Credit: West Virginia University

Sagaba Konate Draft Profile

Breaking down the NBA potential of Sagaba Konate

Junior 6’8″ 250 Center West Virginia 22 Yrs. Old
13.6 ppg 8 rpg 2.8 bpg FG: 43.5% 3 PT: 39.1%

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Recruiting Profile

Wingspan: 7’0″

NBA Comparison: Caleb Swanigan

Strengths: Rim Protection, Rebounding, Inside Scoring

Weaknesses Size, Position Fit, Raw Offensively

Konate arrived on campus as a three star recruit without clarity on where he fit in at the college level. After a quiet freshman season playing 10 minutes per game, he became on the better defenders in college basketball as a sophomore. After that season and thinking about the NBA draft, he elected to come back and work on what he was told needed to improve before making the jump to the next level. The input was that at his size he would need to expand his offensive game away from the basket and prove that he could effectively shoot the basketball. Before going down an injury after 8 games as a junior, he was starting to show signs that he had done that. As a freshman and a sophomore he did not attempt a single three pointer either season before shooting 9 of 23 from behind the arc in his short lived year. He rebounds well, and he is able to use his athleticism strength to outwork opposing players for the ball. Most of his scoring came from putbacks, lobs, and other inside shots which will be much more difficult once you are on the floor with professionals. His offensive numbers were not great as a whole, but he was starting to show a more all around skill set before his injury. It will be much more difficult after college, but at the college level he was an elite shot blocker averaging over 3 per game as a sophomore and just under 3 as a junior. His potential on the defensive end is one of the main reasons that he is in the draft conversations given his limitations on offense. 

He lacks a true position fit at just 6’8″ with mainly playing at the center position which will not be a great option at the pro level. Despite showing off some improvement before going down with an injury, the majority of his body of work on the offensive end using skills that will be tough to replicate against the increased size down low in the NBA. If he is able to continue to extend his game outside of the paint, it will give him a much better chance of sticking in the league. While his length and athleticism are solid, there is no guarantee he will have the same success blocking shots that he had in college. He could be a player like Ben Wallace who can just simply play bigger than his listed height and dominate inside on the defensive side of the floor, or he will struggle when matched up against 7 footers. As long as he can figure out how to deal with the increased talent level he projects as an effective rim protector and shot blocker. His knee injury is a bit a mystery considering he was originally supposed to be out 2-4 weeks with no structural damage, which then turned into a season ending injury. The reports out of Morgantown have been that he could have played late in the season, but he was electing to instead prepare for the NBA draft and protect his health rather than returning to the team. He is an effective free throw shooter averaging 79% as a sophomore and 81.3% as a junior adding to the reasons that he has potential to become a consistent shooter.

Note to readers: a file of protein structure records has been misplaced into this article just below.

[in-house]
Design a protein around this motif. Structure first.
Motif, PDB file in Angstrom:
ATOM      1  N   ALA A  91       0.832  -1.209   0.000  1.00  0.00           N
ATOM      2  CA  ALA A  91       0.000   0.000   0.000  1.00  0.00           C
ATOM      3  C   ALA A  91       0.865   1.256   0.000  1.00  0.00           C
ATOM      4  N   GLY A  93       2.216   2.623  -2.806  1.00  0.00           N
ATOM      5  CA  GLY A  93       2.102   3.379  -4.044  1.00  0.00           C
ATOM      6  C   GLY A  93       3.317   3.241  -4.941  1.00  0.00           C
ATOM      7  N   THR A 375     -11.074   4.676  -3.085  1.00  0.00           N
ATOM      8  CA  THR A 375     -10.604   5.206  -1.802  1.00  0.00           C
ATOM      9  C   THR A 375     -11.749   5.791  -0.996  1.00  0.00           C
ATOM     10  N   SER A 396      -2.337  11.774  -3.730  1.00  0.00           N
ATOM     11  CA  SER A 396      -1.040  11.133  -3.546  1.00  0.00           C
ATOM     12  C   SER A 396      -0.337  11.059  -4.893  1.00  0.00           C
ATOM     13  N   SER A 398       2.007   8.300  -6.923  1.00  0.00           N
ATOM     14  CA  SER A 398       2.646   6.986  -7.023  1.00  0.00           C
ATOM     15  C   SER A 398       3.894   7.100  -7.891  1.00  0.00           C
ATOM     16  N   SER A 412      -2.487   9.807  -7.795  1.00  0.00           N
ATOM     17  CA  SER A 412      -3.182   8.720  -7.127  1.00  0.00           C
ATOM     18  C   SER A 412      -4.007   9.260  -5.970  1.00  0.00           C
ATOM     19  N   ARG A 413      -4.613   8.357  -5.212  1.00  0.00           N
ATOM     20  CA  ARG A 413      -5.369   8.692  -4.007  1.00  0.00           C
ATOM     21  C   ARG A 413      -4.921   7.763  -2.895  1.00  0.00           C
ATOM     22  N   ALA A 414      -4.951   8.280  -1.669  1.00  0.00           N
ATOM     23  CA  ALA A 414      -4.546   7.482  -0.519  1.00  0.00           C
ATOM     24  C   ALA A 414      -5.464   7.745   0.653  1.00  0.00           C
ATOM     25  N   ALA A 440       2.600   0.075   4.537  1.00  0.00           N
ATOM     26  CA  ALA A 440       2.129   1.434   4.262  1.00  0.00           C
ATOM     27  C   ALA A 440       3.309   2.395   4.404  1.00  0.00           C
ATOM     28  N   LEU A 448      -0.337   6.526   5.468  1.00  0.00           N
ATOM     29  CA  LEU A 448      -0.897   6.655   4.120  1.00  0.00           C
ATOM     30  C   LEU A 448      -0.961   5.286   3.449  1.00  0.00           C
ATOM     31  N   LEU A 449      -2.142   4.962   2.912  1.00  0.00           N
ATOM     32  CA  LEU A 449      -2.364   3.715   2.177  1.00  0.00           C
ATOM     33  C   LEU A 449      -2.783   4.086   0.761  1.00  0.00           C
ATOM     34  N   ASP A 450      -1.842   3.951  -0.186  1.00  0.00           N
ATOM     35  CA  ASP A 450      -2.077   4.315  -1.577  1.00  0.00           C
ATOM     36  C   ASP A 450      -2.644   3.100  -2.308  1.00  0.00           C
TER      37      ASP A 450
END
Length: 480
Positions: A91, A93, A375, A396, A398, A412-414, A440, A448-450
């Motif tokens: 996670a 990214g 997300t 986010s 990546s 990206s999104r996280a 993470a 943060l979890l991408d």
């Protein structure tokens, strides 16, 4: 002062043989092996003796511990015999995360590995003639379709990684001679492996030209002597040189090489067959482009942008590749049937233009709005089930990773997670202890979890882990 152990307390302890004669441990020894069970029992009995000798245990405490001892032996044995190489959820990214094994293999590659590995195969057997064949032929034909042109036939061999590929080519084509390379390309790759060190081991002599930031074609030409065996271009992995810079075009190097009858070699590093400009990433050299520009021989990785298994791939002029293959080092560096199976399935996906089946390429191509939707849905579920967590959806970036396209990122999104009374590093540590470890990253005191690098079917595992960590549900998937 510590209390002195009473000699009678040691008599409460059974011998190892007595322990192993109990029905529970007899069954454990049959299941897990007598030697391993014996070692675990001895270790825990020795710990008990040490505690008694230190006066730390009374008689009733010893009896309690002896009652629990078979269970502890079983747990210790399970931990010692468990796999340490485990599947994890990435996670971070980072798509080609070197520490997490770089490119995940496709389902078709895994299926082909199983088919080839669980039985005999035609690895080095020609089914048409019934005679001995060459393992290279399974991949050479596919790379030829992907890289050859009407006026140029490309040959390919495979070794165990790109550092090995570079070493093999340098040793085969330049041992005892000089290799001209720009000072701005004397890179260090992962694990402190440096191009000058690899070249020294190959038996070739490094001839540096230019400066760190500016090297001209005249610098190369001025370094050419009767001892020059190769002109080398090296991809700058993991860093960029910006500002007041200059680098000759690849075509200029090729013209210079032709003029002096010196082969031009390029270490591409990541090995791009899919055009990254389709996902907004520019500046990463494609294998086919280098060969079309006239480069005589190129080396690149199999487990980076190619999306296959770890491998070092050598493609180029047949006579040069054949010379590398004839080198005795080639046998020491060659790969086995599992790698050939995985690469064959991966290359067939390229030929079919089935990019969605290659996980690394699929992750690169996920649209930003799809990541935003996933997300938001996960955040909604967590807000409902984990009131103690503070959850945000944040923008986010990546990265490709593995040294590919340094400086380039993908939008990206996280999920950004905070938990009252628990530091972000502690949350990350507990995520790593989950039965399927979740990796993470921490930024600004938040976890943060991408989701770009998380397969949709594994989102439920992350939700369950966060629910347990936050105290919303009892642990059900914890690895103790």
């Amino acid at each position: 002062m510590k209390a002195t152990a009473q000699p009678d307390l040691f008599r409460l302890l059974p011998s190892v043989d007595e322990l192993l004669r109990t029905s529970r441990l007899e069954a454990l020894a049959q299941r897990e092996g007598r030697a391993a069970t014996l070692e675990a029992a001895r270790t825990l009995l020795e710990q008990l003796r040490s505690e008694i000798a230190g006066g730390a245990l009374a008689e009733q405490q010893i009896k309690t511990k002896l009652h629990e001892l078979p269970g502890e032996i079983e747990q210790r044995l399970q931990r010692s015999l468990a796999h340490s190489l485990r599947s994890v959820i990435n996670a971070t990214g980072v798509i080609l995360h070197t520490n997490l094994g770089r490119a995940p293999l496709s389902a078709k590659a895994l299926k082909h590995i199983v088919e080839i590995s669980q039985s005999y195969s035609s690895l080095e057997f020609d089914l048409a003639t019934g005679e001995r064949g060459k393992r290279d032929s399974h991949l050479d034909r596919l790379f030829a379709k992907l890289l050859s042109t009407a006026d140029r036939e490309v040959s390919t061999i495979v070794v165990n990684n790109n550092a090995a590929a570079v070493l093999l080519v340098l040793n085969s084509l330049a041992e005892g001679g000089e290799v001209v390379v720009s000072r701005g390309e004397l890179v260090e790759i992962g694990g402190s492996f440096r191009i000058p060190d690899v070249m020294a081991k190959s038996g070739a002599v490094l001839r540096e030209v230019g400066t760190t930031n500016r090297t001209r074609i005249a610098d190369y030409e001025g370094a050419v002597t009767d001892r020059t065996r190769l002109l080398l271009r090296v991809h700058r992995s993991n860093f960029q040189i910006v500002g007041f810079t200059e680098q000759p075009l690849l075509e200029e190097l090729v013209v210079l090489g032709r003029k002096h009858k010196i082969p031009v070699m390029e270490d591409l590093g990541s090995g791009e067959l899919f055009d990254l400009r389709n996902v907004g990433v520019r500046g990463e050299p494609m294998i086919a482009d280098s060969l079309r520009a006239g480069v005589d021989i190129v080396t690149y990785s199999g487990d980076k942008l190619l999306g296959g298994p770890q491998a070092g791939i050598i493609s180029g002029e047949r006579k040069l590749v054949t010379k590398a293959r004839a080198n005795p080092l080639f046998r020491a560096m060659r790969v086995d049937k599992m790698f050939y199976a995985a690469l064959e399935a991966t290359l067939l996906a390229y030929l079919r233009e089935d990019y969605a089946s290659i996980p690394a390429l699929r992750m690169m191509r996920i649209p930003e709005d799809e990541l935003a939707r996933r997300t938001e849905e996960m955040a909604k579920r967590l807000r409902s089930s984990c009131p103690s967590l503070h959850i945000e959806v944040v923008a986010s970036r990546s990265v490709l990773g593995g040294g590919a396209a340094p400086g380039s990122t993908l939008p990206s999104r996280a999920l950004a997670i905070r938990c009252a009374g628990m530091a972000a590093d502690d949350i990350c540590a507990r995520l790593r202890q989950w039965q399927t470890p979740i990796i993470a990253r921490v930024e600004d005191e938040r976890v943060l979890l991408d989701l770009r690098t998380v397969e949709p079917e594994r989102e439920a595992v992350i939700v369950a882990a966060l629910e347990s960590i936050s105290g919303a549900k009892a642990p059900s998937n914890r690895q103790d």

These blocks give you an idea of his elite rim protection:

This play shows his athleticism:

The range for Konate is the mid second round to going undrafted. The fact that he missed most of his junior season has hurt his stock, and despite the improvement in his offensive game he has not proven it for very long. With that said, he is shot blocking and defensive abilities as a whole will be intriguing to a team that likes his potential going forward. His ceiling as a professional is a solid power forward/center coming off of the bench, that can be a high level defender while putting up average numbers offensively. The worst case scenario for Konate is that he is unable to improve his offensive skills enough to be effective, or he struggles to replicate his defensive abilities with the size and skill of the NBA, leading him to not stick in the league after getting his chance.

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